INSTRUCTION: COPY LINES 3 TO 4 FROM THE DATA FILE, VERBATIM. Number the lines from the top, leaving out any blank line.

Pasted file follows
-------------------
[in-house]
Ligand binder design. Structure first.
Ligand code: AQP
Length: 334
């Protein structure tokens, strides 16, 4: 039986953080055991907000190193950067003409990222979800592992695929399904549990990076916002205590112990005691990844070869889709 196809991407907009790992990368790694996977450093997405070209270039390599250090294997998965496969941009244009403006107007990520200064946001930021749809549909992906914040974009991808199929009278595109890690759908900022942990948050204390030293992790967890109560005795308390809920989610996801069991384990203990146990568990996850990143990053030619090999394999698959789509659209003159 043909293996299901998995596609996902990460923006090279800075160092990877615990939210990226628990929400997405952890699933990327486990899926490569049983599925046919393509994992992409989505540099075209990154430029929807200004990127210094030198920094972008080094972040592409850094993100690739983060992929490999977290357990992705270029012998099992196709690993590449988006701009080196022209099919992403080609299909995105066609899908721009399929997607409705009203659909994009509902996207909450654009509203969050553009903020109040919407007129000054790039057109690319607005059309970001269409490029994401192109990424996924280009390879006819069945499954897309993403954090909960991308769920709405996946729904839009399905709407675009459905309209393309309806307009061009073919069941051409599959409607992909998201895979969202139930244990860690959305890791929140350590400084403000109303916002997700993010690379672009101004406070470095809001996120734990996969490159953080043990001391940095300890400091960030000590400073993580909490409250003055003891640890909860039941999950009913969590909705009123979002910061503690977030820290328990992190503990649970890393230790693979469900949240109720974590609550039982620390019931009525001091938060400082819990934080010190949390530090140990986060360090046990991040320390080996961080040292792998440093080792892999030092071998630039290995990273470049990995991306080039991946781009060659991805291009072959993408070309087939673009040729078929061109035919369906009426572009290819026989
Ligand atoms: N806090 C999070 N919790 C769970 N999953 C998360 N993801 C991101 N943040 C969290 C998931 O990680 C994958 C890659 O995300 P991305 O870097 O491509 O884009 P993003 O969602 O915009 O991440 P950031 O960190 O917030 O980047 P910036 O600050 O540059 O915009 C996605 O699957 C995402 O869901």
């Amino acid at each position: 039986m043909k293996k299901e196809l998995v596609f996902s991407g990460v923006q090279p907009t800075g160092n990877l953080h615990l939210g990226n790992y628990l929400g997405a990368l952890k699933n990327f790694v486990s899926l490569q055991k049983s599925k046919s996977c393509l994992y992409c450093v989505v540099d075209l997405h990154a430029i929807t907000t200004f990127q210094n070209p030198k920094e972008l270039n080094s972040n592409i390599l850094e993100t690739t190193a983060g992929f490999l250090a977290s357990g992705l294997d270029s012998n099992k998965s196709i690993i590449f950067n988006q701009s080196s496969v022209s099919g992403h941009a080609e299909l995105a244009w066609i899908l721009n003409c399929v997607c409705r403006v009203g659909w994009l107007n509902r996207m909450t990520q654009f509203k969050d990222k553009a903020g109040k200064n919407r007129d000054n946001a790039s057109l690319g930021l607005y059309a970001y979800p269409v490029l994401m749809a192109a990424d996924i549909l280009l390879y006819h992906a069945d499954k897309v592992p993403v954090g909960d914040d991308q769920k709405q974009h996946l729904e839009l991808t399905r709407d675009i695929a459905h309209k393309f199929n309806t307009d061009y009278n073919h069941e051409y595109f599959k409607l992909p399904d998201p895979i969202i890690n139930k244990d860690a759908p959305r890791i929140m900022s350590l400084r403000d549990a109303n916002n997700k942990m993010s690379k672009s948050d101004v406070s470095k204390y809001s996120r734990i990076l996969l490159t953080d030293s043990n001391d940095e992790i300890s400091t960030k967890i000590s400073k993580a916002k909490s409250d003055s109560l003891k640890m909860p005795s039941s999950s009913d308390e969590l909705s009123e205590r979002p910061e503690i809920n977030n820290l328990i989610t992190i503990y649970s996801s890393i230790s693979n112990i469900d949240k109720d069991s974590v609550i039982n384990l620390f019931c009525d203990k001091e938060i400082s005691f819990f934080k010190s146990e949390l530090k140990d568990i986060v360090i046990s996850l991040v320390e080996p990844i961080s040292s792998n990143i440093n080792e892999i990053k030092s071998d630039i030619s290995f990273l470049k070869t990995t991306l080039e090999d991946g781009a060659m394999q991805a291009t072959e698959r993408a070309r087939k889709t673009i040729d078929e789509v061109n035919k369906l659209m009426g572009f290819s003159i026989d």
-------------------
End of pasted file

Ligand code: AQP
Length: 334